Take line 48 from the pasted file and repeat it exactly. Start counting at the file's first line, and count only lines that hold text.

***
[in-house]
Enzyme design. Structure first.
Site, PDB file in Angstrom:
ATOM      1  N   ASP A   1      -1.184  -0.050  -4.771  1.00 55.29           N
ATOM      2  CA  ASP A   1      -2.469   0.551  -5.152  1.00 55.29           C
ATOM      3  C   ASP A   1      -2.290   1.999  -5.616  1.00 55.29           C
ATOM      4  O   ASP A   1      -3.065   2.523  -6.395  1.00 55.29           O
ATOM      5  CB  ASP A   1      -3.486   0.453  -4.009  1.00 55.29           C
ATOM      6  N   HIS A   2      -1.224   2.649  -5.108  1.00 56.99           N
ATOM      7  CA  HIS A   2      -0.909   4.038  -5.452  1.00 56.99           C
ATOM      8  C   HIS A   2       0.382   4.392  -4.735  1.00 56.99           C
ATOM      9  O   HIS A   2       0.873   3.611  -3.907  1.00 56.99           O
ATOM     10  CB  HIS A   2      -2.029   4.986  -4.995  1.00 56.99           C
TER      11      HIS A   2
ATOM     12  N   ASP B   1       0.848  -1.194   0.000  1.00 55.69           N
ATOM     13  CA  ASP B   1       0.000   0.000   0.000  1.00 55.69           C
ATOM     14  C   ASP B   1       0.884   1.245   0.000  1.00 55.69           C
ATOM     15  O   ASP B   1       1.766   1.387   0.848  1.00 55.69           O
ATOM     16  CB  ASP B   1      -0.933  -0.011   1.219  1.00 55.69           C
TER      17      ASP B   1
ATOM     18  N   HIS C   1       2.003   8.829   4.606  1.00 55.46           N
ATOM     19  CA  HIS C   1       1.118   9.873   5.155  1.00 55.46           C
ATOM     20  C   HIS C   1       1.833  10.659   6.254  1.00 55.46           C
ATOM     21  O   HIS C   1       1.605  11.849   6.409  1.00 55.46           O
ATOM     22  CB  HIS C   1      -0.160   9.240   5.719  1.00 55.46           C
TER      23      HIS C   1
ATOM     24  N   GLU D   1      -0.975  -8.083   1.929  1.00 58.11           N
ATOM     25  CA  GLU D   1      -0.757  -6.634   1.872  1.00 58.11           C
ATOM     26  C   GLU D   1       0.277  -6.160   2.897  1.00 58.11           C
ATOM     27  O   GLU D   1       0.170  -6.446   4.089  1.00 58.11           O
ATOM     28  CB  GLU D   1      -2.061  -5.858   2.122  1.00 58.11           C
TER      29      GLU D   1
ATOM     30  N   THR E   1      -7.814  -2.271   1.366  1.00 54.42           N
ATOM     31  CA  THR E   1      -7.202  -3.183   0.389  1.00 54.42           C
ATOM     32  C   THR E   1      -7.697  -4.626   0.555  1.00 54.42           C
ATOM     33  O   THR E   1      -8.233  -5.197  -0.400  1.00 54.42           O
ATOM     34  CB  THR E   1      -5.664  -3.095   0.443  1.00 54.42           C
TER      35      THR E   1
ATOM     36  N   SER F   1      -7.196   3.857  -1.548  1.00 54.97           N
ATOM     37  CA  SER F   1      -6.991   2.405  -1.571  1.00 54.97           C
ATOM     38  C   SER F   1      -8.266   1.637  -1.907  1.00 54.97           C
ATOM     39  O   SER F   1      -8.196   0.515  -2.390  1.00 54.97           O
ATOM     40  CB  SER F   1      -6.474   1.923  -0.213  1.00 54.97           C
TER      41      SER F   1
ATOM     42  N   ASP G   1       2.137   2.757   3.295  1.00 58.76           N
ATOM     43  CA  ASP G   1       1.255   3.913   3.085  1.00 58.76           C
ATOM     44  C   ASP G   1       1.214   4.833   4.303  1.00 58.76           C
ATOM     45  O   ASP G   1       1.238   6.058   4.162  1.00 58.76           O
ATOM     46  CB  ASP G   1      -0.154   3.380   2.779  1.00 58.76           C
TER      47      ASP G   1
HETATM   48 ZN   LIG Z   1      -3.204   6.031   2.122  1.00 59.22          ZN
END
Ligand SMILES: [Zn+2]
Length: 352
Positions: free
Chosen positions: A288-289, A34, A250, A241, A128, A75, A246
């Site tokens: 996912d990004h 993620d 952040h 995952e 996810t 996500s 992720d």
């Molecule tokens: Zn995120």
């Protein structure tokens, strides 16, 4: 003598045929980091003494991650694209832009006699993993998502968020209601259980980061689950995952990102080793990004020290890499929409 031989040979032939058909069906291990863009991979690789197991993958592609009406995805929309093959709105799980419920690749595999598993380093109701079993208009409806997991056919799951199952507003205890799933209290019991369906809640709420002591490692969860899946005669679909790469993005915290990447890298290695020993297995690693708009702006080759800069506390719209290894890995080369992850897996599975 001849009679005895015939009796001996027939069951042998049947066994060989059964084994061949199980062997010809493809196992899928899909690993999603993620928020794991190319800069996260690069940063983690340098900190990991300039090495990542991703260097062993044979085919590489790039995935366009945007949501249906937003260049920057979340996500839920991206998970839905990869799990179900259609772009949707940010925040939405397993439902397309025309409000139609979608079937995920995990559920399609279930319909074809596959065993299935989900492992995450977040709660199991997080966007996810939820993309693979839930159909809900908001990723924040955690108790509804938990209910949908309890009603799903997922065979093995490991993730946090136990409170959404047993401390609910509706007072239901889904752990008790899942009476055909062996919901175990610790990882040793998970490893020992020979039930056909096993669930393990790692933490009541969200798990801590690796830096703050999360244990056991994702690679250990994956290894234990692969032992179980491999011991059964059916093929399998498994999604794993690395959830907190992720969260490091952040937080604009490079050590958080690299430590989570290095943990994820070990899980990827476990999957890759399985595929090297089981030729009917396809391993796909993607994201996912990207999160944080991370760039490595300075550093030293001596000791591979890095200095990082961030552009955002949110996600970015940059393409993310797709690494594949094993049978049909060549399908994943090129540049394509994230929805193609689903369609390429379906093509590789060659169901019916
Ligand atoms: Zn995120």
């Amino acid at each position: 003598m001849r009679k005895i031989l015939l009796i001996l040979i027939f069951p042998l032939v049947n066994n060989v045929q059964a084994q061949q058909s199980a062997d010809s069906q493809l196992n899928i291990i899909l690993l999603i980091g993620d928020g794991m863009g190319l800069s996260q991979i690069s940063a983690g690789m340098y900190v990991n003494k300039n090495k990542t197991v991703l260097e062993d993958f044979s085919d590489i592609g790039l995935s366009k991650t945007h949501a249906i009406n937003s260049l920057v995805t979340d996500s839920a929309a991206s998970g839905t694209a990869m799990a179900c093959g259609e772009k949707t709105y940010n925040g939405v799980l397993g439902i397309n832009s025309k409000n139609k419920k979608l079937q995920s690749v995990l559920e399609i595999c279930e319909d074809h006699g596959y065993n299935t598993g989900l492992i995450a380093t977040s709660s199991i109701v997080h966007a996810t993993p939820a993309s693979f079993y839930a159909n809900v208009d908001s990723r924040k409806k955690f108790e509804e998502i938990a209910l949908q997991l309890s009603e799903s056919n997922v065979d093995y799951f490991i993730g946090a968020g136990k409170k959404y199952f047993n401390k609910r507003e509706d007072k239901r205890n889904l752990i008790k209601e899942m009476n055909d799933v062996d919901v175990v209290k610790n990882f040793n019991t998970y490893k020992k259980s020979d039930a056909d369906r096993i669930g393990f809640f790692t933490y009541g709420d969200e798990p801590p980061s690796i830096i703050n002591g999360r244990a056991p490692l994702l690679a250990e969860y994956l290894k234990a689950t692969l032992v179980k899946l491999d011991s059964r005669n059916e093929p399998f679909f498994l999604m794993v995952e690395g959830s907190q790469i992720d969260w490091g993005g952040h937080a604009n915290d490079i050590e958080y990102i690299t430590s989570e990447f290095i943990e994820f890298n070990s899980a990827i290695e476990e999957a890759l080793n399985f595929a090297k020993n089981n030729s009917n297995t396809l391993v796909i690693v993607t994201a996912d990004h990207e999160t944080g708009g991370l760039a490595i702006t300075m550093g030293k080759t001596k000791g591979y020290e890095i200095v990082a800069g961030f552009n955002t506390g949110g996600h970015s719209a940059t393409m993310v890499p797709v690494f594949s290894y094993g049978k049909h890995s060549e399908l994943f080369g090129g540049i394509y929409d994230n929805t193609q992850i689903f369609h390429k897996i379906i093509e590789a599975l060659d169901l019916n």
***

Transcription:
ATOM     45  O   ASP G   1       1.238   6.058   4.162  1.00 58.76           O